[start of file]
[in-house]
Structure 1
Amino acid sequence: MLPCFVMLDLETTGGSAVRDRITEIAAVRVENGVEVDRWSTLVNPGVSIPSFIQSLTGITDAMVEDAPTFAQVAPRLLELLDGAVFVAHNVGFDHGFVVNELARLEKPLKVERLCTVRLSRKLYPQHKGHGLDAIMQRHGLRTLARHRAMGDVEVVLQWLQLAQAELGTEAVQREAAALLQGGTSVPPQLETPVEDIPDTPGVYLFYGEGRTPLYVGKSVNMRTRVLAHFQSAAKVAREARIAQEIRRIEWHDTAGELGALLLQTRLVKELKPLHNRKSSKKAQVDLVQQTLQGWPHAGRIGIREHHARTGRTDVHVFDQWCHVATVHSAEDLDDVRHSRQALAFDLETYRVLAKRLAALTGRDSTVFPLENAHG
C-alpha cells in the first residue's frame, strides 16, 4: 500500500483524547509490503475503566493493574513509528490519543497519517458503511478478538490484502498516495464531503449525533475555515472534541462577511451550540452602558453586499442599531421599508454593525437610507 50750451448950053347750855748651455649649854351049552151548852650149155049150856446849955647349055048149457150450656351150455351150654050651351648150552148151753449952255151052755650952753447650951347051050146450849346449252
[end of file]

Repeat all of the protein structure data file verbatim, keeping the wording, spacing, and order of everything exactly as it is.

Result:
[in-house]
Structure 1
Amino acid sequence: MLPCFVMLDLETTGGSAVRDRITEIAAVRVENGVEVDRWSTLVNPGVSIPSFIQSLTGITDAMVEDAPTFAQVAPRLLELLDGAVFVAHNVGFDHGFVVNELARLEKPLKVERLCTVRLSRKLYPQHKGHGLDAIMQRHGLRTLARHRAMGDVEVVLQWLQLAQAELGTEAVQREAAALLQGGTSVPPQLETPVEDIPDTPGVYLFYGEGRTPLYVGKSVNMRTRVLAHFQSAAKVAREARIAQEIRRIEWHDTAGELGALLLQTRLVKELKPLHNRKSSKKAQVDLVQQTLQGWPHAGRIGIREHHARTGRTDVHVFDQWCHVATVHSAEDLDDVRHSRQALAFDLETYRVLAKRLAALTGRDSTVFPLENAHG
C-alpha cells in the first residue's frame, strides 16, 4: 500500500483524547509490503475503566493493574513509528490519543497519517458503511478478538490484502498516495464531503449525533475555515472534541462577511451550540452602558453586499442599531421599508454593525437610507 50750451448950053347750855748651455649649854351049552151548852650149155049150856446849955647349055048149457150450656351150455351150654050651351648150552148151753449952255151052755650952753447650951347051050146450849346449252